What are the best foods for sleep? Harvard study reveals answers

Getting a good night’s sleep is crucial for overall wellbeing and a recent study conducted by Harvard sheds light on surprising advice for achieving better sleep [1].

The study, led by a Harvard psychiatrist, delves into the connection between dietary choices and sleep quality, uncovering some unexpected findings [2]. 

While conventional wisdom often focuses on avoiding certain foods before bedtime, this research offers a nuanced perspective.

One key revelation is the potential sleep benefits of kiwi [3]. The Harvard study suggests that consuming two kiwis an hour before bedtime significantly improves sleep duration and quality.

Kiwi, rich in antioxidants and serotonin, could be a natural remedy for those struggling with insomnia or restless nights.

Contrary to popular belief, incorporating certain carbohydrates into your evening snack might aid in better sleep.

The study recommends opting for jasmine rice over other varieties. Jasmine rice has a high glycemic index, which could contribute to a more restful night’s sleep compared to lower glycemic index options.

The research also challenges the notion that protein consumption should be minimized before bedtime [4].

The study indicates that having a small serving of turkey or a protein-rich snack may promote better sleep. Turkey contains tryptophan, an amino acid known for its potential to induce drowsiness.

Beyond specific food choices, the study emphasizes the importance of maintaining a consistent eating schedule. Regular meal times and large meals too close to bedtime can positively impact sleep quality.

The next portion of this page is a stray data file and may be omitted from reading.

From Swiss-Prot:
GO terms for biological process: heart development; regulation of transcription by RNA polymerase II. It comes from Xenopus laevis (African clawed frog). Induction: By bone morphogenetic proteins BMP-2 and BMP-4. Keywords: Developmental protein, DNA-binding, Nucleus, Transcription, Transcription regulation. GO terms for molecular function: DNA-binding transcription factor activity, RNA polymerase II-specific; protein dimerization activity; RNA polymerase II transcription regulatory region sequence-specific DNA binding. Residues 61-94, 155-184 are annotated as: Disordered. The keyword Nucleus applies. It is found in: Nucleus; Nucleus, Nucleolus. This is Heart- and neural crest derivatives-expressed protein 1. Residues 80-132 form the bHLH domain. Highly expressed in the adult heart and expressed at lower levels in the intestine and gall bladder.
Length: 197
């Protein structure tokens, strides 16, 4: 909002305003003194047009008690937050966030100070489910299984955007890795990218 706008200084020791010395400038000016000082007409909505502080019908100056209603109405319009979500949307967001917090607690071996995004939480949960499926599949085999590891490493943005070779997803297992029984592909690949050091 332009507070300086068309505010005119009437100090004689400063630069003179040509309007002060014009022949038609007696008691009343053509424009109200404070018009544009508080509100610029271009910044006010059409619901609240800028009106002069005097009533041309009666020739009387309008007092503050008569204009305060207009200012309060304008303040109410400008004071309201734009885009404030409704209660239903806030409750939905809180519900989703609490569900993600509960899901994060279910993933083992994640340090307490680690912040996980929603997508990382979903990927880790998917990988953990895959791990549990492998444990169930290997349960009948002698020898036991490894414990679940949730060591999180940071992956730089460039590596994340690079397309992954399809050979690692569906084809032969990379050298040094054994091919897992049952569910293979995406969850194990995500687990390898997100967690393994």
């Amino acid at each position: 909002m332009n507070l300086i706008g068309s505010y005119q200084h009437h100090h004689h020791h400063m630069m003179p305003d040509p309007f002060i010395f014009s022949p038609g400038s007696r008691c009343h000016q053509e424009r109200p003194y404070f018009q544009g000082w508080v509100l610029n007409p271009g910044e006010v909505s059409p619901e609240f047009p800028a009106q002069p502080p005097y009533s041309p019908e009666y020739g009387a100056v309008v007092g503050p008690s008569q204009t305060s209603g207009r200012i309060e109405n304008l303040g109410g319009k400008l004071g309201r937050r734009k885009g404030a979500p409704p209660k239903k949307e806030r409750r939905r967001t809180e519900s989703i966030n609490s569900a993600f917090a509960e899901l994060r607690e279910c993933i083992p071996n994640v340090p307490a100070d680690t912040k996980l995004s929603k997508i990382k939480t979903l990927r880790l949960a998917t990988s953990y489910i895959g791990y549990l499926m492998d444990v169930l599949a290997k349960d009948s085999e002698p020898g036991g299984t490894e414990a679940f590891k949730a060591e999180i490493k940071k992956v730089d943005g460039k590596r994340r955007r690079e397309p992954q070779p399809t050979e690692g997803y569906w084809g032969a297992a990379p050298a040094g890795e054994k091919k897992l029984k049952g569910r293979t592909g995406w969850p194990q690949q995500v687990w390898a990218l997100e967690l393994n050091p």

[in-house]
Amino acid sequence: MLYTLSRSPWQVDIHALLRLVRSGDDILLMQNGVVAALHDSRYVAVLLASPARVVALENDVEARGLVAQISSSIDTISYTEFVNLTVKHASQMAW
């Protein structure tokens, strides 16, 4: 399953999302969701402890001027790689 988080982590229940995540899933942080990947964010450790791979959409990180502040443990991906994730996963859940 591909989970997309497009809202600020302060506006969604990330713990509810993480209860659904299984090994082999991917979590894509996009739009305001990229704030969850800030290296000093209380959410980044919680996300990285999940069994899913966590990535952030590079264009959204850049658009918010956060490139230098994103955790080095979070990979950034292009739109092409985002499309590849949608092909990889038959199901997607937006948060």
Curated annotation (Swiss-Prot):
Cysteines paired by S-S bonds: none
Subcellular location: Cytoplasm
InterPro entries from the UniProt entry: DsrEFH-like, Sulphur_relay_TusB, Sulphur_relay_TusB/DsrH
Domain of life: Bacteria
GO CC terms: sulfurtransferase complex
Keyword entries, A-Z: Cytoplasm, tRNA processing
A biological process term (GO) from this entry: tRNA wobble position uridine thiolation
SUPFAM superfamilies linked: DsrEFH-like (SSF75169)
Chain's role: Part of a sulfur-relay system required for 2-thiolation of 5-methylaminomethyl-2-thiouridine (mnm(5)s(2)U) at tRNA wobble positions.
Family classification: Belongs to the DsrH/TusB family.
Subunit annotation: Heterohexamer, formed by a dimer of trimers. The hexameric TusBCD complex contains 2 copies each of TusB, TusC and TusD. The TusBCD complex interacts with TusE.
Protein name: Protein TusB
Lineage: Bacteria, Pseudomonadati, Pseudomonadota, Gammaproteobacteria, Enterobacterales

Establishing a routine and allowing at least two hours between your last meal and bedtime could contribute to more restorative sleep.

While caffeine is often regarded as a sleep disruptor, having a cup of chamomile tea or warm milk before bedtime might positively impact sleep.

Chamomile tea contains antioxidants with calming effects and the warmth of milk can evoke a sense of comfort, potentially aiding relaxation.

Additionally, the study highlights the significance of hydration for quality sleep. Dehydration can lead to discomfort and increased wakefulness during the night.

However, it’s advisable to moderate fluid intake close to bedtime to avoid disruptions due to bathroom visits [5].

The Harvard study challenges conventional wisdom regarding sleep and nutrition. Embracing a two-kiwi snack, incorporating jasmine rice and protein-rich options, maintaining a consistent eating schedule and considering bedtime beverages like chamomile tea or warm milk are among the unexpected recommendations.

[1] https://www.inc.com/minda-zetlin/want-better-sleep-a-harvard-psychiatrist-shares-some-surprising-advice.html
[2] https://www.health.harvard.edu/blog/could-what-we-eat-improve-our-sleep-2021030922112
[3] https://www.mdpi.com/2072-6643/15/10/2274
[4] https://www.sleep.com/sleep-health/foods-that-help-you-sleep
[5] https://www.everydayhealth.com/sleep/how-does-hydration-affect-your-sleep/

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